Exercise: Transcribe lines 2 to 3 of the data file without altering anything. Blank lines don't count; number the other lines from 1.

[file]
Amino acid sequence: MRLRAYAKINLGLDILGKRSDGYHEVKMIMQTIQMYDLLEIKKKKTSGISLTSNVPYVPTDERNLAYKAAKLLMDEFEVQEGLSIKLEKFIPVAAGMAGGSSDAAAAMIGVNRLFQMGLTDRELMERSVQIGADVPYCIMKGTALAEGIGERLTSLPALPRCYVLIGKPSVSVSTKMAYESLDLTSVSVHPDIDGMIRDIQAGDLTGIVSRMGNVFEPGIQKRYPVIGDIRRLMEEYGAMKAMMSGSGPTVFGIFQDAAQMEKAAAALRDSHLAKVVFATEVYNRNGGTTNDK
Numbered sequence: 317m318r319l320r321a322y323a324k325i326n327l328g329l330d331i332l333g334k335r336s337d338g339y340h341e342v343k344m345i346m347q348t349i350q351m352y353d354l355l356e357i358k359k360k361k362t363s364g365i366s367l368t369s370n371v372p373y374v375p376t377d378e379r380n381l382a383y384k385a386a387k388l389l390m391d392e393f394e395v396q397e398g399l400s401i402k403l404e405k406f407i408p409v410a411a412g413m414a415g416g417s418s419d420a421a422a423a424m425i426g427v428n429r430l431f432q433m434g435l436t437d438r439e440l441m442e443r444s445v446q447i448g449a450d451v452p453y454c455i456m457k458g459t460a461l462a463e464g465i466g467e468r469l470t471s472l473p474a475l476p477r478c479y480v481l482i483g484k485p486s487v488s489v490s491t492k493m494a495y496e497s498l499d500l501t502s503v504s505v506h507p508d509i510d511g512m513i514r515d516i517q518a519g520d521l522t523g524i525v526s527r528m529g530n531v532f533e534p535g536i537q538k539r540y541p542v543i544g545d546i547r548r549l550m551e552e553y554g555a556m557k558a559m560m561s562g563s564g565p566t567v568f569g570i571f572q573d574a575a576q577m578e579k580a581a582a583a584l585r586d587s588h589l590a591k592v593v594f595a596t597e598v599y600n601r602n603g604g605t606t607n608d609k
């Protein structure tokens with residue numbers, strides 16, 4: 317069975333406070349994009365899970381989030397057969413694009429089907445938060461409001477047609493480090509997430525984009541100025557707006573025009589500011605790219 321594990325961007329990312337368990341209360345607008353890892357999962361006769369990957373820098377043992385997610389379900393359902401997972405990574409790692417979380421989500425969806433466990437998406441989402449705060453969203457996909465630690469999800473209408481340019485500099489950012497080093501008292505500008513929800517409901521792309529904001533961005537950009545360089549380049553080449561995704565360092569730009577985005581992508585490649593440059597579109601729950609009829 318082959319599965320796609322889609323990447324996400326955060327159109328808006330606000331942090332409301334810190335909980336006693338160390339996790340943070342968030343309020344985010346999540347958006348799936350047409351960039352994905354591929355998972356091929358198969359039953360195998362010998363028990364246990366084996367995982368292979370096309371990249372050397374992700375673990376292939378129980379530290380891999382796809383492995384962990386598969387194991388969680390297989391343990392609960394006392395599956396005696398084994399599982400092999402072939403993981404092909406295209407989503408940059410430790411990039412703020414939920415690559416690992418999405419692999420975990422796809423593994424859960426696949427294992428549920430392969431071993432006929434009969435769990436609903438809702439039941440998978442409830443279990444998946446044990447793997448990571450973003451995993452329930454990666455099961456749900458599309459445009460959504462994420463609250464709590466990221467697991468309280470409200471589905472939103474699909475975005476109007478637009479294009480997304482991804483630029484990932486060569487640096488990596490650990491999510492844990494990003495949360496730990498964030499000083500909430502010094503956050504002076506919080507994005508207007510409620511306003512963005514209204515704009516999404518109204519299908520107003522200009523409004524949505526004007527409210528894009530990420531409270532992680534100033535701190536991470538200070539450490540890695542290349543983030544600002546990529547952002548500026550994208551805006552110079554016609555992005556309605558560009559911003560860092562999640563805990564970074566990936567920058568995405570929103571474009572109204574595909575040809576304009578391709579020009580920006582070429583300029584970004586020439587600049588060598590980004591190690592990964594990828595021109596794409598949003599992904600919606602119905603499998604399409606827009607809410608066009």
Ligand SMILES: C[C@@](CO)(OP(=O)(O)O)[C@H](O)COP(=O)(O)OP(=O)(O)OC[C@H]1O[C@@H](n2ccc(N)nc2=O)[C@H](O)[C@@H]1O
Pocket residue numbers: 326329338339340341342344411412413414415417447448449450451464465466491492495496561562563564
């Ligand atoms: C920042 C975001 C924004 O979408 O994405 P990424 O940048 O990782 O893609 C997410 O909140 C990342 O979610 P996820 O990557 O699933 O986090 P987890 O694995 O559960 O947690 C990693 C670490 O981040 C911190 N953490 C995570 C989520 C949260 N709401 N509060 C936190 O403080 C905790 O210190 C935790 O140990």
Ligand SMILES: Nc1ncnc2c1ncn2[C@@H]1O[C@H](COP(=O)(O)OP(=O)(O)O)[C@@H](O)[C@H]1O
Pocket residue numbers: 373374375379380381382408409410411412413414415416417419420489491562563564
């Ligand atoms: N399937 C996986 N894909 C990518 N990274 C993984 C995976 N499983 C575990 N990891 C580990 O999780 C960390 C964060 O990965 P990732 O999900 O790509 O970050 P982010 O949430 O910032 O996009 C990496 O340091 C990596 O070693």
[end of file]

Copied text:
Numbered sequence: 317m318r319l320r321a322y323a324k325i326n327l328g329l330d331i332l333g334k335r336s337d338g339y340h341e342v343k344m345i346m347q348t349i350q351m352y353d354l355l356e357i358k359k360k361k362t363s364g365i366s367l368t369s370n371v372p373y374v375p376t377d378e379r380n381l382a383y384k385a386a387k388l389l390m391d392e393f394e395v396q397e398g399l400s401i402k403l404e405k406f407i408p409v410a411a412g413m414a415g416g417s418s419d420a421a422a423a424m425i426g427v428n429r430l431f432q433m434g435l436t437d438r439e440l441m442e443r444s445v446q447i448g449a450d451v452p453y454c455i456m457k458g459t460a461l462a463e464g465i466g467e468r469l470t471s472l473p474a475l476p477r478c479y480v481l482i483g484k485p486s487v488s489v490s491t492k493m494a495y496e497s498l499d500l501t502s503v504s505v506h507p508d509i510d511g512m513i514r515d516i517q518a519g520d521l522t523g524i525v526s527r528m529g530n531v532f533e534p535g536i537q538k539r540y541p542v543i544g545d546i547r548r549l550m551e552e553y554g555a556m557k558a559m560m561s562g563s564g565p566t567v568f569g570i571f572q573d574a575a576q577m578e579k580a581a582a583a584l585r586d587s588h589l590a591k592v593v594f595a596t597e598v599y600n601r602n603g604g605t606t607n608d609k
């Protein structure tokens with residue numbers, strides 16, 4: 317069975333406070349994009365899970381989030397057969413694009429089907445938060461409001477047609493480090509997430525984009541100025557707006573025009589500011605790219 321594990325961007329990312337368990341209360345607008353890892357999962361006769369990957373820098377043992385997610389379900393359902401997972405990574409790692417979380421989500425969806433466990437998406441989402449705060453969203457996909465630690469999800473209408481340019485500099489950012497080093501008292505500008513929800517409901521792309529904001533961005537950009545360089549380049553080449561995704565360092569730009577985005581992508585490649593440059597579109601729950609009829 318082959319599965320796609322889609323990447324996400326955060327159109328808006330606000331942090332409301334810190335909980336006693338160390339996790340943070342968030343309020344985010346999540347958006348799936350047409351960039352994905354591929355998972356091929358198969359039953360195998362010998363028990364246990366084996367995982368292979370096309371990249372050397374992700375673990376292939378129980379530290380891999382796809383492995384962990386598969387194991388969680390297989391343990392609960394006392395599956396005696398084994399599982400092999402072939403993981404092909406295209407989503408940059410430790411990039412703020414939920415690559416690992418999405419692999420975990422796809423593994424859960426696949427294992428549920430392969431071993432006929434009969435769990436609903438809702439039941440998978442409830443279990444998946446044990447793997448990571450973003451995993452329930454990666455099961456749900458599309459445009460959504462994420463609250464709590466990221467697991468309280470409200471589905472939103474699909475975005476109007478637009479294009480997304482991804483630029484990932486060569487640096488990596490650990491999510492844990494990003495949360496730990498964030499000083500909430502010094503956050504002076506919080507994005508207007510409620511306003512963005514209204515704009516999404518109204519299908520107003522200009523409004524949505526004007527409210528894009530990420531409270532992680534100033535701190536991470538200070539450490540890695542290349543983030544600002546990529547952002548500026550994208551805006552110079554016609555992005556309605558560009559911003560860092562999640563805990564970074566990936567920058568995405570929103571474009572109204574595909575040809576304009578391709579020009580920006582070429583300029584970004586020439587600049588060598590980004591190690592990964594990828595021109596794409598949003599992904600919606602119905603499998604399409606827009607809410608066009």